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Cardiovascular Complications: Death from Reoperative Sternotomy after prior CABG, MVR, AVR, or Radiation; Complications of PCI; Sepsis from Cardiovascular Interventions

Author, Introduction and Summary: Justin D Pearlman, MD, PhD, FACC

and

Article Curator: Aviva Lev-Ari, PhD, RN

The Curator recommends the e-Reader to read the following book on Surgical Complications:

Complications
“Essential Reading For Anyone Involved In Medicine”–Amazon.com –  2002

Cardiovascular Complications:

I. Reoperative Sternotomy after prior CABG, MVR, AVR, or radiation therapy

IIa. PCI, and

IIb. PAD Endovascular Interventions: Carotid Artery Endarterectomy

III. Incidence of Sepsis (circulation infection with serious consequences)

UPDATED 11/2/2013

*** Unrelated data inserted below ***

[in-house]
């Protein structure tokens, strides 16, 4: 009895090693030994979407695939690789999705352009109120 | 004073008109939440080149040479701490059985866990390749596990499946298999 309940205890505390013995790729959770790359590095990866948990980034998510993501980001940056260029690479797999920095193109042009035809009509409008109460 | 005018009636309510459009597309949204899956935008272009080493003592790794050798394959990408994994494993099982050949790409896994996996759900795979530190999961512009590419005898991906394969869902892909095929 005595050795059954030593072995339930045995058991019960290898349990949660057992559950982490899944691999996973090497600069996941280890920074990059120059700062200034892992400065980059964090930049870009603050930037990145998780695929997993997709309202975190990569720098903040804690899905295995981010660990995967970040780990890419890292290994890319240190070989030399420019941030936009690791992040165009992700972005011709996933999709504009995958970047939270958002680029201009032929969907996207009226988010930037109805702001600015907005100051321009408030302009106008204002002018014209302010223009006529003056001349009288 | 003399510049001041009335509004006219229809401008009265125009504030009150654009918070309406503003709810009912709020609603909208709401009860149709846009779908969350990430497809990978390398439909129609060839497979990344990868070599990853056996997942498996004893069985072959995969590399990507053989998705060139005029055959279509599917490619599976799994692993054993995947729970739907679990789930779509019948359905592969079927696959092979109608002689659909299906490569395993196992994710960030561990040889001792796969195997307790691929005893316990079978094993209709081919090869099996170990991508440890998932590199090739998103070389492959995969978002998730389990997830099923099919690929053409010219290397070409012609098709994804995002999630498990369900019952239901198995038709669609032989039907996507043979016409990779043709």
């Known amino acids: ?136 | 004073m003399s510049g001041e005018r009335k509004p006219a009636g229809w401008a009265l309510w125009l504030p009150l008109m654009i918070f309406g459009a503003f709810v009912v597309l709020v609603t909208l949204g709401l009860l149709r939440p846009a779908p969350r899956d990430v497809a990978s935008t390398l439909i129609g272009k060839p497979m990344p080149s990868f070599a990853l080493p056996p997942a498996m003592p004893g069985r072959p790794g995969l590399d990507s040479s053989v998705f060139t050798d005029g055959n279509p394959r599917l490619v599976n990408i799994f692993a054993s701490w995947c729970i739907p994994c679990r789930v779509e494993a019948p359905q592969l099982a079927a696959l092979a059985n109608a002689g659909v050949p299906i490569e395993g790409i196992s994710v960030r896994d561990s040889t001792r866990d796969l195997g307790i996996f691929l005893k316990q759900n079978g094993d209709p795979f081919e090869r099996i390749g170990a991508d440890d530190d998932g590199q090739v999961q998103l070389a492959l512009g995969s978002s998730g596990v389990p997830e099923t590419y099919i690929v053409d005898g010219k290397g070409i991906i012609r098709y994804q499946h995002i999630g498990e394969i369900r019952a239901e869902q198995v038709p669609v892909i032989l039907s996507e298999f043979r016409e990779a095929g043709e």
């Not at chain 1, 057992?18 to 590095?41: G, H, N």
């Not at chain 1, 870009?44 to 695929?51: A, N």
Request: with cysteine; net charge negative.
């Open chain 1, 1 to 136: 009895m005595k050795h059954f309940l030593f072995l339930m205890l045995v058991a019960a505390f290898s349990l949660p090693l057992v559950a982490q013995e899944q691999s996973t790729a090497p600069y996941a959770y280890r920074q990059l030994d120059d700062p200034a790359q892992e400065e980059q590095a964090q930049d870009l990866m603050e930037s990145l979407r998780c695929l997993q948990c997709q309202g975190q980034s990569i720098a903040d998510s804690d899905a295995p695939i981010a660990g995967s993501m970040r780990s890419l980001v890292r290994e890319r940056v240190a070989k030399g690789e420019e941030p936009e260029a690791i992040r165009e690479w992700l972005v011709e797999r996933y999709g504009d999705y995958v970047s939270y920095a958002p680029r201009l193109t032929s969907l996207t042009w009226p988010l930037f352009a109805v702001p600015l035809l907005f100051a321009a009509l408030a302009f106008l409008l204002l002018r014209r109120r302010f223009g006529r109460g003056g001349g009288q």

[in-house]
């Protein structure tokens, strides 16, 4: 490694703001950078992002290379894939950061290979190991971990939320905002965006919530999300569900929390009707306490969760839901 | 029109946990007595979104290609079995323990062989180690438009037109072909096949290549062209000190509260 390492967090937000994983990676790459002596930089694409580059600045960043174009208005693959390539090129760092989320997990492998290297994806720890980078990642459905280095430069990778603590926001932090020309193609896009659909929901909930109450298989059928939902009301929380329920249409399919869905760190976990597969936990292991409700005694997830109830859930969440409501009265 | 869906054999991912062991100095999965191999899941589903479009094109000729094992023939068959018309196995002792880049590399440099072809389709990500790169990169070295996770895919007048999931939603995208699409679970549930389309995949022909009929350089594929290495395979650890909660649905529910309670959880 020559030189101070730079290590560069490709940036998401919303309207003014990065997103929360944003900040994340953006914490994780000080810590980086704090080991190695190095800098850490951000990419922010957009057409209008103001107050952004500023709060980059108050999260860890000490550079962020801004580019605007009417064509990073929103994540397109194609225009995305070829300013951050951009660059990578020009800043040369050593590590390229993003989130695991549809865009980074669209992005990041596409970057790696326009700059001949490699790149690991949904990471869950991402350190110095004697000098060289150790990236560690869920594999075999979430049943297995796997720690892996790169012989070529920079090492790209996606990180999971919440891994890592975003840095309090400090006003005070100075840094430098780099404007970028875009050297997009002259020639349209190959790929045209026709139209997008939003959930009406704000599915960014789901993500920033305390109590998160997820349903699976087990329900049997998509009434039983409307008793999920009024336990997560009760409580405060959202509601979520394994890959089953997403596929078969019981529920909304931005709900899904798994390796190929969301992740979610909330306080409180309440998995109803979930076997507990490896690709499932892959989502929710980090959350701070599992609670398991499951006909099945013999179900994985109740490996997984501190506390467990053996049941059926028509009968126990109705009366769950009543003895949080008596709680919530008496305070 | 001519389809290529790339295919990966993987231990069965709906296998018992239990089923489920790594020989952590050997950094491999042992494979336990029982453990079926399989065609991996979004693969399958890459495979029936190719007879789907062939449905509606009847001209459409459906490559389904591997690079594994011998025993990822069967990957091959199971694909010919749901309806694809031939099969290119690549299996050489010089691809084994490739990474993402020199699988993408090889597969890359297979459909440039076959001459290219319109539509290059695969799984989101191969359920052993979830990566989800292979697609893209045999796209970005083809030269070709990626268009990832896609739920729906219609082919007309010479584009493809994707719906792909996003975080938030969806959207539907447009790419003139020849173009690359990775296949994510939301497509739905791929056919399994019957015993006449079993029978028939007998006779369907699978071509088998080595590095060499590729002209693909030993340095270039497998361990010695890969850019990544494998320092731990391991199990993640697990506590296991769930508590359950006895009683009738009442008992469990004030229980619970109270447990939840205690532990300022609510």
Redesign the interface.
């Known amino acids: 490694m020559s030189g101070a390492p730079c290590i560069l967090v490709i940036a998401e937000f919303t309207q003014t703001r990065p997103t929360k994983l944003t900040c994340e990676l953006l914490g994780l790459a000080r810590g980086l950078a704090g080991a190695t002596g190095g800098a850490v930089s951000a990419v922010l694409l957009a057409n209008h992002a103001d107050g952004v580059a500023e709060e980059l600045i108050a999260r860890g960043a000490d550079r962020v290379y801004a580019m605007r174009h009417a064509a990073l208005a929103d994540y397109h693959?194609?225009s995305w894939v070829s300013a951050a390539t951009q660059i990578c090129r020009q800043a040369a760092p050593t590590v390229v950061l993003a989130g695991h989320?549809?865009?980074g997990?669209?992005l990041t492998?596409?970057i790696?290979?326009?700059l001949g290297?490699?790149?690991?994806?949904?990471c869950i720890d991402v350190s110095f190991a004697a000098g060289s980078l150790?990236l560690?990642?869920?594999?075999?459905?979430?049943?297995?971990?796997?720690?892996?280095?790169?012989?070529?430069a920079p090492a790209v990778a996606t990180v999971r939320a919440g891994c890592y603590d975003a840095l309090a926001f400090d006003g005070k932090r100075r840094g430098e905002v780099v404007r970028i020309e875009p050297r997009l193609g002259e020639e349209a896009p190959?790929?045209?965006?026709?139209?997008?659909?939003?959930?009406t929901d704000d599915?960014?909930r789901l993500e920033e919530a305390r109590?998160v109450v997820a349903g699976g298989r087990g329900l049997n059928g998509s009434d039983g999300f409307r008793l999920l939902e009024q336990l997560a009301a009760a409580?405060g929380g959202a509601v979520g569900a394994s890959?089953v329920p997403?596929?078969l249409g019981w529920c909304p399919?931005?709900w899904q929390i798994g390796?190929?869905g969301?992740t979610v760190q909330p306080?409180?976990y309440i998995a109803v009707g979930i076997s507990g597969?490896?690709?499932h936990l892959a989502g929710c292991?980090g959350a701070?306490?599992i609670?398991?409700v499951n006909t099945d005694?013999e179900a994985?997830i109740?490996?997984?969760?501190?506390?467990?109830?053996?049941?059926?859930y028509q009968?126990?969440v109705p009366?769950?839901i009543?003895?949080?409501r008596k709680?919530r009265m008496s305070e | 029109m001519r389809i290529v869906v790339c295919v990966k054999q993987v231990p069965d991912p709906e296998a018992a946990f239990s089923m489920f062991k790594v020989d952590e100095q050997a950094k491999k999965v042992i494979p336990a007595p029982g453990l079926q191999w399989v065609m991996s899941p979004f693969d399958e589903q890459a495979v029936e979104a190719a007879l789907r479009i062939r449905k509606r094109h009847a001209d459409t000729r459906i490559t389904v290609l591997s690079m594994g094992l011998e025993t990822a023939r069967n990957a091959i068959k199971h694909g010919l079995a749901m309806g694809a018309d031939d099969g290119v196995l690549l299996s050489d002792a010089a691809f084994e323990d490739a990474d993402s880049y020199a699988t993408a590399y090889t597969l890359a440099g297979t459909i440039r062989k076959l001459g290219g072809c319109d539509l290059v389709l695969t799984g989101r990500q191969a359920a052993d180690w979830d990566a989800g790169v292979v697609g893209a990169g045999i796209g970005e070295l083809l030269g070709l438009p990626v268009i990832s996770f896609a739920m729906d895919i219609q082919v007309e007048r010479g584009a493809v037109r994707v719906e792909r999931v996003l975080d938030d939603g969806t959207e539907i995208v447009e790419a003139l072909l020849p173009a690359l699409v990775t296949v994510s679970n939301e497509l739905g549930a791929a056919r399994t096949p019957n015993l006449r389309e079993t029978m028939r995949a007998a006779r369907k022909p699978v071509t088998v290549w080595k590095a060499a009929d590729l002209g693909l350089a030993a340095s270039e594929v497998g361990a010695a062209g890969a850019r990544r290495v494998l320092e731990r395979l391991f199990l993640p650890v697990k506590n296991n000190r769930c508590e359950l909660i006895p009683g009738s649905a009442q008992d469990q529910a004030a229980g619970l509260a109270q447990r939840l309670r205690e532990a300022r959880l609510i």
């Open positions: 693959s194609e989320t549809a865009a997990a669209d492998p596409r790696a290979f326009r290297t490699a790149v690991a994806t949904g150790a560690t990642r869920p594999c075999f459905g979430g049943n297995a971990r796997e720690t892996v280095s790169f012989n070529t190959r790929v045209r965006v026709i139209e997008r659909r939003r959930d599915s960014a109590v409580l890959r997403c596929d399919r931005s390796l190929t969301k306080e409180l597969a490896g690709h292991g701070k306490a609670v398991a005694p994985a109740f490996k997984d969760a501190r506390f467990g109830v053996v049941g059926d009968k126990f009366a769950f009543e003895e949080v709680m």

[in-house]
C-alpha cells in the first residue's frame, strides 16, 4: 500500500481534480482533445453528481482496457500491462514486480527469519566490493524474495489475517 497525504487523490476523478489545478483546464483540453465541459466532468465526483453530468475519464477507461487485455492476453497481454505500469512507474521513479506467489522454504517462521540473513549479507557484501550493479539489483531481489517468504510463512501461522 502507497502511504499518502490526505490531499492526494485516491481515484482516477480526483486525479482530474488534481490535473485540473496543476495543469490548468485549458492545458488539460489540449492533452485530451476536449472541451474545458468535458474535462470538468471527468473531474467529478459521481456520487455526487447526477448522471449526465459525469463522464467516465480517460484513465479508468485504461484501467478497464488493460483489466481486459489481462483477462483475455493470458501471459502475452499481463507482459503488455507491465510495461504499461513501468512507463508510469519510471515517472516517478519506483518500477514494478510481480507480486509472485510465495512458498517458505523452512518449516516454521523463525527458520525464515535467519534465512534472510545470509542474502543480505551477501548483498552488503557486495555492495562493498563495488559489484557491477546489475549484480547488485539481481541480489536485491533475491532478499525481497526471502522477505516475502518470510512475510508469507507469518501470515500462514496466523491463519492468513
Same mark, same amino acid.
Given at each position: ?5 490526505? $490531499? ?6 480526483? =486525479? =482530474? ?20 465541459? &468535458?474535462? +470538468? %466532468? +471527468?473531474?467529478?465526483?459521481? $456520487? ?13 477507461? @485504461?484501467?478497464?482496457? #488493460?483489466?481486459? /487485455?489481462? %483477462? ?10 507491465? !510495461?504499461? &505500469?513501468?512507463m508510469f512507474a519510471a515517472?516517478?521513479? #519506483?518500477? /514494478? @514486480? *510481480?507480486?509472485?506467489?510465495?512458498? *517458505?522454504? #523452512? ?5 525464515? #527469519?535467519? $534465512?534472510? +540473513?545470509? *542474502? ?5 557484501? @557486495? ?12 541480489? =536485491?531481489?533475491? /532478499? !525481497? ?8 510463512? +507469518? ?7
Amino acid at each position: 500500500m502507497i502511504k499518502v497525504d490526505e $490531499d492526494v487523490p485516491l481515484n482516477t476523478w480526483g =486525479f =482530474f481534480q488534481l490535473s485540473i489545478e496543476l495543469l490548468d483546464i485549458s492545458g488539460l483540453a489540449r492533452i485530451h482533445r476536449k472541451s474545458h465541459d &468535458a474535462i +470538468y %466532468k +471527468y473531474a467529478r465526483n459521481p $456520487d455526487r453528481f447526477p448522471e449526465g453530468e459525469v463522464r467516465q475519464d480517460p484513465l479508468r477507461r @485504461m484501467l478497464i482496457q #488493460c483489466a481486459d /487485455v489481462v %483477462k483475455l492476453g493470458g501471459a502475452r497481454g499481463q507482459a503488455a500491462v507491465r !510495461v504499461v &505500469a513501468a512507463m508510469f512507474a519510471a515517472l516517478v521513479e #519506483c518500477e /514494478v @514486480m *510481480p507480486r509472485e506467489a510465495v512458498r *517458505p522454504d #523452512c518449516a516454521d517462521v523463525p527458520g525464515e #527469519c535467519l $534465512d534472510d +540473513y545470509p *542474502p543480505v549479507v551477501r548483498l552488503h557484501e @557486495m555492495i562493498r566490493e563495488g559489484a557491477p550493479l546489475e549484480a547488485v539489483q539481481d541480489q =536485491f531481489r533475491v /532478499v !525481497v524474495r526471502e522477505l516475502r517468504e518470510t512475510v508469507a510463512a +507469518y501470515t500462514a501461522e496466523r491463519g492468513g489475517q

As minimally interventional techniques improve, patients are offered a choice of invasive surgical remedies or less invasive procedures (video assisted, robotic, or percutaneous). The decision should not rest on the size of the scar or even the up front risk and discomfort, but rather should weigh all aspects of the risks and benefits. In addition to the risks and benefits for the current problem, one should also consider why the problem occurred and its likelihood of recurrence. Open chest surgery has a clear disadvantage when it comes to recurrences, as the scars from first surgery interfere with second surgery. Opening the chest (sternotomy) for a second or third time poses elevated risks analyzed herein. This article reviews data from major centers addressing the risks from repeat sternotomy and from minimally invasive cardiovascular surgeries. Any invasion of the body elevates risk of infection, which can lead to sepsis and possible death, so that risk is also addressed.